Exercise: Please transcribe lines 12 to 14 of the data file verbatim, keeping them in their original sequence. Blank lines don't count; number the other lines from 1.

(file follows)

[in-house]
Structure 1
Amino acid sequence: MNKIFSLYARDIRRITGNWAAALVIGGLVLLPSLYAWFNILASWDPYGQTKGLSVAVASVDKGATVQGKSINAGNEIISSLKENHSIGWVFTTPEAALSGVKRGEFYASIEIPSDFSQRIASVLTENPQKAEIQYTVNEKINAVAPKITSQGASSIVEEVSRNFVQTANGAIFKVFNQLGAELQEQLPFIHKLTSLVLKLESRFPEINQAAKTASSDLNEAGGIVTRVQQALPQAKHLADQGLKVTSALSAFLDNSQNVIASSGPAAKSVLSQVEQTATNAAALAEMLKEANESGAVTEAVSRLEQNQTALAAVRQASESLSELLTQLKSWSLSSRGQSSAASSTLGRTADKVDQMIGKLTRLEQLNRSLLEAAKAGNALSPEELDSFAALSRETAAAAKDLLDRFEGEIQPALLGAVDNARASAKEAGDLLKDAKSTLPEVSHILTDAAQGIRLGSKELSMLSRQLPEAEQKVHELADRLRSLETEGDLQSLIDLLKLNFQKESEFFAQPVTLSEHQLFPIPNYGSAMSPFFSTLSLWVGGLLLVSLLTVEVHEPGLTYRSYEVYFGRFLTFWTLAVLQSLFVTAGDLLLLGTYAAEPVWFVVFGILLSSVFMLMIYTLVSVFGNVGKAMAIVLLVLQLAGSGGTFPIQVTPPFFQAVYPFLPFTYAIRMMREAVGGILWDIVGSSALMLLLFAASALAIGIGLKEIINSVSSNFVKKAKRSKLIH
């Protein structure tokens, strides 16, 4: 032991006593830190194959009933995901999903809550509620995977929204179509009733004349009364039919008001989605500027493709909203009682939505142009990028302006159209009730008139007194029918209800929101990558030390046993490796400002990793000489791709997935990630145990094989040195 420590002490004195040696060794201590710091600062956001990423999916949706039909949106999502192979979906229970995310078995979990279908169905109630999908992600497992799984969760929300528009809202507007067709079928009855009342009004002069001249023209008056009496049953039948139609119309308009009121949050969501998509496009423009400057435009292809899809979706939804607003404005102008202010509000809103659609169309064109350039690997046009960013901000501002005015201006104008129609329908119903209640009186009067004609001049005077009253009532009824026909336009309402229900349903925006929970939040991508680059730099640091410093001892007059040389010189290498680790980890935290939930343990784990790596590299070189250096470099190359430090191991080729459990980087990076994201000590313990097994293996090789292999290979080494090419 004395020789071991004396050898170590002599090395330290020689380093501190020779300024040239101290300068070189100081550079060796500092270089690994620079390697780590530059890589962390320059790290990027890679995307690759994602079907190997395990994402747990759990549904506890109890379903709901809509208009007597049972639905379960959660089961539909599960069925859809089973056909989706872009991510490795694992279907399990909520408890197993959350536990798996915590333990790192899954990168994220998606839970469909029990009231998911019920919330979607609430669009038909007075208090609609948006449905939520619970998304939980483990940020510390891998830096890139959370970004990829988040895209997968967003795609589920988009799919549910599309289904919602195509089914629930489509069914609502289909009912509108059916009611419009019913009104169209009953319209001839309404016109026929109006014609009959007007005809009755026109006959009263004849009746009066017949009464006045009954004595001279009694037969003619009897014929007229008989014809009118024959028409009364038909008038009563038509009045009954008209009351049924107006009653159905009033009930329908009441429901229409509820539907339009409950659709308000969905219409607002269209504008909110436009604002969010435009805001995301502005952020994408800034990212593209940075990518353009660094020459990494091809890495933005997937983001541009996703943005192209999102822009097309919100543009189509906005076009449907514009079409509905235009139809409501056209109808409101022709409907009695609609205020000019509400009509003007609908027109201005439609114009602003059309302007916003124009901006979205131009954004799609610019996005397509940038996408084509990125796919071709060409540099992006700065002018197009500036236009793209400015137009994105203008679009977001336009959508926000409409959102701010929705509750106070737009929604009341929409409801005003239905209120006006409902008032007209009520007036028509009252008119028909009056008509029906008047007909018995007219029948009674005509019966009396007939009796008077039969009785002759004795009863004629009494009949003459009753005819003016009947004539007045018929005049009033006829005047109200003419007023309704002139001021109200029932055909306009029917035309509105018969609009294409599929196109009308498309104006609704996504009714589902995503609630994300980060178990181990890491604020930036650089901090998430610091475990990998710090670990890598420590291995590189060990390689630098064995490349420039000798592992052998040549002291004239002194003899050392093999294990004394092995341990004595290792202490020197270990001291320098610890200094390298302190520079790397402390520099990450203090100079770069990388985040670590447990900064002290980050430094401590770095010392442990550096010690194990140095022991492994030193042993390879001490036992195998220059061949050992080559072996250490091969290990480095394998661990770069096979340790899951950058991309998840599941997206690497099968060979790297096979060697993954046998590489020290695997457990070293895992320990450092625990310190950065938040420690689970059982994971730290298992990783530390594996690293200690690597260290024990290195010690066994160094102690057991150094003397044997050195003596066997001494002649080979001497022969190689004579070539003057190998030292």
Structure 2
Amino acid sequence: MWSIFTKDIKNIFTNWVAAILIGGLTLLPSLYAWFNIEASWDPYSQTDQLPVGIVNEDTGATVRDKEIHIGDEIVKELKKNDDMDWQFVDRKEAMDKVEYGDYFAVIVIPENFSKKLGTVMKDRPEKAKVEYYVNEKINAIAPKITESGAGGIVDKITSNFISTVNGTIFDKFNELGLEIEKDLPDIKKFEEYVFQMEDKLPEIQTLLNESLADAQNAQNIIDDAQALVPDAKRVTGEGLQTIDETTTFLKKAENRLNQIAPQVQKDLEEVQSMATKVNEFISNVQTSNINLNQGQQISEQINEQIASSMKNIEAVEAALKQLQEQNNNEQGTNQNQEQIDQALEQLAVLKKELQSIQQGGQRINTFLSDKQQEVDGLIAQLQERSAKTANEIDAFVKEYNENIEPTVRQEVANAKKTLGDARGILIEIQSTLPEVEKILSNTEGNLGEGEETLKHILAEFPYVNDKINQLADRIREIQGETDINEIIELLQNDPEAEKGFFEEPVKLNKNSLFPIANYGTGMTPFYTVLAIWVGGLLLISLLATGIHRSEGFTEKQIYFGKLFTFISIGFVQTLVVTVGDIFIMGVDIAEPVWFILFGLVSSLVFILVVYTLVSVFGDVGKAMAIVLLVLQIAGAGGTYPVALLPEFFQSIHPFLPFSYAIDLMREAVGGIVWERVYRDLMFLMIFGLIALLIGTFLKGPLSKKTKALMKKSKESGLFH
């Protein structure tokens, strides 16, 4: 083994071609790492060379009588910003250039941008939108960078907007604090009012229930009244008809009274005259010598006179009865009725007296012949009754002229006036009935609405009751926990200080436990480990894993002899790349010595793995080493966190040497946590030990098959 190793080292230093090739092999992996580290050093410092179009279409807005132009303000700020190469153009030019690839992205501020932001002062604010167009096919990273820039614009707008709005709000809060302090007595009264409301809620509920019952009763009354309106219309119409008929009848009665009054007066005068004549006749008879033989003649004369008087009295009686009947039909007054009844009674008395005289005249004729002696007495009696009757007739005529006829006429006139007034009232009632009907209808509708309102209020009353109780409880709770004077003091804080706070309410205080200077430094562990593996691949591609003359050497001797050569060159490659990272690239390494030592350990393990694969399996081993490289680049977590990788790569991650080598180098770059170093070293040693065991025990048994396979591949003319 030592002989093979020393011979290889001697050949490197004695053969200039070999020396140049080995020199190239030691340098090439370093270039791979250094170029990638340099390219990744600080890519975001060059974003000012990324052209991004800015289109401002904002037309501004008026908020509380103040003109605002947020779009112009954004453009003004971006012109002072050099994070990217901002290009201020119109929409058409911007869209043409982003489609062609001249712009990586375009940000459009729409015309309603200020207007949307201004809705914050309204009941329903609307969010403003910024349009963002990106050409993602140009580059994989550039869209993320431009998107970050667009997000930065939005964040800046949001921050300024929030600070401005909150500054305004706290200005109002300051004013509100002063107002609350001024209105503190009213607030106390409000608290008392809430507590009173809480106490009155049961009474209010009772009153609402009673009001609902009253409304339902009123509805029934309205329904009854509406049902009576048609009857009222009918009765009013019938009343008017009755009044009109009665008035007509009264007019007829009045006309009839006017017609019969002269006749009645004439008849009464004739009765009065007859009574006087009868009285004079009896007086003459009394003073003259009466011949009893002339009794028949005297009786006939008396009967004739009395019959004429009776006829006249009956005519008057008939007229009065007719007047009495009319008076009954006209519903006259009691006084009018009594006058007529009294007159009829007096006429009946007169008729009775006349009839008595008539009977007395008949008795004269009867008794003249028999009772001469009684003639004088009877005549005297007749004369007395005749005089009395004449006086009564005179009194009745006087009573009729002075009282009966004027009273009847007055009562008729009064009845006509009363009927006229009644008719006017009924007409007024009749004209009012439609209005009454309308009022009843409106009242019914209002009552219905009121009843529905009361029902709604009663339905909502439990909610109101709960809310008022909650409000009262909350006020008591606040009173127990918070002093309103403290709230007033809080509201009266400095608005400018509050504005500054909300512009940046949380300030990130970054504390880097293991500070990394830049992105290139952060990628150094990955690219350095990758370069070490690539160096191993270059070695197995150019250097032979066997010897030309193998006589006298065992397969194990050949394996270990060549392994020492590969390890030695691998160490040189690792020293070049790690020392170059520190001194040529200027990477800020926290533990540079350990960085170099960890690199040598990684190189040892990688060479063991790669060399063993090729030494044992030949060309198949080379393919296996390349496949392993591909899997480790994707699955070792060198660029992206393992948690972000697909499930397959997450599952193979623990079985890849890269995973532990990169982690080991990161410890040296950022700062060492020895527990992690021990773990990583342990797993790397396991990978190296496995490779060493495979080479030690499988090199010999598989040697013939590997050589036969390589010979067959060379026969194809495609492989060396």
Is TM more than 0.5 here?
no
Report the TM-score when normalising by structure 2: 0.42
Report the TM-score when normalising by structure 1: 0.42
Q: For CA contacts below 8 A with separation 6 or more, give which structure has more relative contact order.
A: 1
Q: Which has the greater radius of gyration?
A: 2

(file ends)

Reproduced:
Q: For CA contacts below 8 A with separation 6 or more, give which structure has more relative contact order.
A: 1
Q: Which has the greater radius of gyration?